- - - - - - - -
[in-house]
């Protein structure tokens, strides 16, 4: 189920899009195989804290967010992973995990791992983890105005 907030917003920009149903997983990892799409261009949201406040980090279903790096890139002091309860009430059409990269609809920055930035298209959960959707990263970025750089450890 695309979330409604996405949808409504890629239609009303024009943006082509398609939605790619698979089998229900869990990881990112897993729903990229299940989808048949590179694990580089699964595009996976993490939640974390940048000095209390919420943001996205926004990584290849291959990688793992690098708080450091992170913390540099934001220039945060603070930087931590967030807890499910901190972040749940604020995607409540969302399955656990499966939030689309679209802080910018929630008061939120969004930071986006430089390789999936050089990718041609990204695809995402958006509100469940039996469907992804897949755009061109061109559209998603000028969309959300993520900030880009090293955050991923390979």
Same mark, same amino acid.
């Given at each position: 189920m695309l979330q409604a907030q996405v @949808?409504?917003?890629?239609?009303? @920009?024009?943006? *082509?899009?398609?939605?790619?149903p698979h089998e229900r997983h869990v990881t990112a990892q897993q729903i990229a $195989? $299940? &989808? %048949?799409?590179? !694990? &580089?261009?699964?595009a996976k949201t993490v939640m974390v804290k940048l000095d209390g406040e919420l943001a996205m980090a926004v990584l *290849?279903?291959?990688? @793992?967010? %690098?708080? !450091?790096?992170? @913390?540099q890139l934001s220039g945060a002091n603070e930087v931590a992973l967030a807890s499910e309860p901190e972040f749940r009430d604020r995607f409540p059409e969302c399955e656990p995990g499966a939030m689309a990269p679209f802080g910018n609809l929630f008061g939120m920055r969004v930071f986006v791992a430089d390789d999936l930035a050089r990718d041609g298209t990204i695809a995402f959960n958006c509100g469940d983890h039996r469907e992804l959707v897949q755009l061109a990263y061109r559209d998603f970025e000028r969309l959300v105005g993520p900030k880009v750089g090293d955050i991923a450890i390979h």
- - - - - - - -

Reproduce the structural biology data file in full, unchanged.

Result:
[in-house]
């Protein structure tokens, strides 16, 4: 189920899009195989804290967010992973995990791992983890105005 907030917003920009149903997983990892799409261009949201406040980090279903790096890139002091309860009430059409990269609809920055930035298209959960959707990263970025750089450890 695309979330409604996405949808409504890629239609009303024009943006082509398609939605790619698979089998229900869990990881990112897993729903990229299940989808048949590179694990580089699964595009996976993490939640974390940048000095209390919420943001996205926004990584290849291959990688793992690098708080450091992170913390540099934001220039945060603070930087931590967030807890499910901190972040749940604020995607409540969302399955656990499966939030689309679209802080910018929630008061939120969004930071986006430089390789999936050089990718041609990204695809995402958006509100469940039996469907992804897949755009061109061109559209998603000028969309959300993520900030880009090293955050991923390979």
Same mark, same amino acid.
């Given at each position: 189920m695309l979330q409604a907030q996405v @949808?409504?917003?890629?239609?009303? @920009?024009?943006? *082509?899009?398609?939605?790619?149903p698979h089998e229900r997983h869990v990881t990112a990892q897993q729903i990229a $195989? $299940? &989808? %048949?799409?590179? !694990? &580089?261009?699964?595009a996976k949201t993490v939640m974390v804290k940048l000095d209390g406040e919420l943001a996205m980090a926004v990584l *290849?279903?291959?990688? @793992?967010? %690098?708080? !450091?790096?992170? @913390?540099q890139l934001s220039g945060a002091n603070e930087v931590a992973l967030a807890s499910e309860p901190e972040f749940r009430d604020r995607f409540p059409e969302c399955e656990p995990g499966a939030m689309a990269p679209f802080g910018n609809l929630f008061g939120m920055r969004v930071f986006v791992a430089d390789d999936l930035a050089r990718d041609g298209t990204i695809a995402f959960n958006c509100g469940d983890h039996r469907e992804l959707v897949q755009l061109a990263y061109r559209d998603f970025e000028r969309l959300v105005g993520p900030k880009v750089g090293d955050i991923a450890i390979h």